By Amanda Paule |
The superintendent of Ohio’s Mason City Schools, Jonathan Cooper, made a personally painful call last March 12 to cancel the first event in his school district due to COVID-19. The event was a second-grade musical that his own daughter had been looking forward to starring in, but the onset of a nationwide pandemic had begun to announce its presence, and Cooper decided to act on the minimal information he had.
“What we figured out very quickly was we needed to have some data to make decisions,” Cooper told an AASA conference audience. “Because we were making decisions based on announcements from the governor and fear at that point in time.”
Soon, Cooper and his team had assembled their own COVID-19 Dashboard to track student attendance, COVID-19 cases and quarantine cases across the school district in southwestern Ohio. The school leaders began disseminating a daily, weekly and monthly report to their 10,500-student district.
“One of the things we had to do right away was to build confidence in our community and confidence with our teachers,” Cooper said. “And that came from transparent communication. As all of us know, it’s so important because if we didn’t have the trust of our community or staff there was no way we were going to stay open.”
The Mason City Schools’ dashboard became a boon for collaboration with local hospitals, universities and the Ohio Department of Health to develop data-driven protocols and guidance for school safety. With this approach, the district has maintained in-person instruction since last August with 80 percent of its students.
Districtwide dashboards like Cooper’s were later followed by a nationwide data-collection effort spearheaded by Emily Oster, an economics professor at Brown University, who partnered with AASA and Qualtrics. Oster joined Cooper and other panelists to discuss her COVID-19 School Response Dashboard during an AASA national conference panel by the same name on Friday, Feb. 19.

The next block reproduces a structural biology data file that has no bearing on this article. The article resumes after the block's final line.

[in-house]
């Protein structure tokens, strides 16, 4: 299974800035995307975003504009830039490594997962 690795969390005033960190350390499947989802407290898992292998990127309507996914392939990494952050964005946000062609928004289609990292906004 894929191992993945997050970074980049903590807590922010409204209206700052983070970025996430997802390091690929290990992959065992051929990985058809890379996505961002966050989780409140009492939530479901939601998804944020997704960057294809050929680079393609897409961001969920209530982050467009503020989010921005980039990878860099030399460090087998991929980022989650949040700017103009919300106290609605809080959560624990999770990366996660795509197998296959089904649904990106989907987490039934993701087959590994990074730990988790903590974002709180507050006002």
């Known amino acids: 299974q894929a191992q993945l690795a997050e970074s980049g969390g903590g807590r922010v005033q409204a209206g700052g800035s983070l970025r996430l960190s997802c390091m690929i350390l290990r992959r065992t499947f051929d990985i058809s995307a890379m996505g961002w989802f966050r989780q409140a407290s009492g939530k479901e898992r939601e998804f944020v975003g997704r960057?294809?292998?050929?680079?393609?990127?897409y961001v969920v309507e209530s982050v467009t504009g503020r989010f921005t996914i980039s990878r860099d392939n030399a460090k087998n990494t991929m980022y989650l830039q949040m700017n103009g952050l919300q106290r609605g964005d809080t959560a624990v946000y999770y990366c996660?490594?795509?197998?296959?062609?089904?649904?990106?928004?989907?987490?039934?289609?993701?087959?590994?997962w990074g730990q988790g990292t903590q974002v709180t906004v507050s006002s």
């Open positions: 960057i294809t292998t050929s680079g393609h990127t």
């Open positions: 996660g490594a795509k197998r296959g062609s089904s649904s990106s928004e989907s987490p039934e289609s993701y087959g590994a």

Panelist Nat Malkus, deputy director of education policy at the American Enterprise Institute, discussed his organization’s work tracking COVID-19 responses. In a six-wave, nationally representative survey, Malkus and his team observed inequalities in responses across districts.
For example, districts with higher poverty rates were less likely to have robust programs for virtual connection between teachers and students and were more likely to rely on instruction formats like send-home instructional packets. The survey also found that rural and politically red districts were more likely to have resumed in-person instruction sooner.
Malkus and his team are developing the Return to Learn tool, which is planned to be launched next week. It will graphically depict data relationships between school COVID-19 responses and district factors such as political leaning, change in conditions over time, and students’ broadband access.
“The main thing that we are interested in doing for this is just to provide a good landscape understanding of what’s going on, overall and by a number of district variables, [to] give people the ability to look backwards and forwards to figure out what peer districts are doing,” Malkus said.
The conference panelists stressed the importance for school leaders to provide intuitive, up-to-date and accessible communications about COVID-19 case rates and resources to their districts. Byron Adams, a representative from Qualtrics, shared the Qualtrics Vaccine Navigator, a program designed to simplify and automate the vaccine-finding process for educators.
Malkus and Cooper agreed that vaccination of school staff should not necessarily be a determining factor for whether a school should reopen. Panelists encouraged school leaders to use national and district-specific data to inform decisions moving forward on regaining in-person instruction.
(Amanda Paule is a junior magazine, news and digital journalism major at Syracuse University’s Newhouse School of Public Communications and an intern with AASA’s Conference Daily Online.)